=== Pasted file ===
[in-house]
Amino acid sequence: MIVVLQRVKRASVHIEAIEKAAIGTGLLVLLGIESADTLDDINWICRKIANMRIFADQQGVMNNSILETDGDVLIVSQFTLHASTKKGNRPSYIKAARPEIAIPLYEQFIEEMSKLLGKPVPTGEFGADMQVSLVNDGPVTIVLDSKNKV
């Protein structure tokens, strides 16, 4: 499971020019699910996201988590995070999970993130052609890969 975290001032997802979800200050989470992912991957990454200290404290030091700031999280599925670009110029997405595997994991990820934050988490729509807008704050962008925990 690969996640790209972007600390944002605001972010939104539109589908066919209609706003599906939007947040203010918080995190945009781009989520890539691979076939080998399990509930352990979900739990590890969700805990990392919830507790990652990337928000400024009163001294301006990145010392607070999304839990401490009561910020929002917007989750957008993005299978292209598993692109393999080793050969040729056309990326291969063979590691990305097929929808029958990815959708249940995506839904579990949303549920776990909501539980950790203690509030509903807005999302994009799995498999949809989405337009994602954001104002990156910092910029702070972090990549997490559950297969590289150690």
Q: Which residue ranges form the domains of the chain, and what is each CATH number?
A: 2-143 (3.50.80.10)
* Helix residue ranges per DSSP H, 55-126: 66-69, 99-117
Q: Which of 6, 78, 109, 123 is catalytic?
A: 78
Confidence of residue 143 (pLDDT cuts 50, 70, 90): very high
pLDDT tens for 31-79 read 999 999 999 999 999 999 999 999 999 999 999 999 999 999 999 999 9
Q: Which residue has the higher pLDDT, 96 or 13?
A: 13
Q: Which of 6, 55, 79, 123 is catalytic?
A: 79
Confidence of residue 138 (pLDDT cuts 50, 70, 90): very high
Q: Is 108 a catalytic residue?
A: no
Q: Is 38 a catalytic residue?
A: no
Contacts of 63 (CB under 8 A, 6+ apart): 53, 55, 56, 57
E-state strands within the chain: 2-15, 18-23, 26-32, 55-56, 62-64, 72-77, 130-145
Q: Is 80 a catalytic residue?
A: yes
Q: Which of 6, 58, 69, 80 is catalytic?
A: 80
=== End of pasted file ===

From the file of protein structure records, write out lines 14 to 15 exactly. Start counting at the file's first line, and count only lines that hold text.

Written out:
A: 79
Confidence of residue 138 (pLDDT cuts 50, 70, 90): very high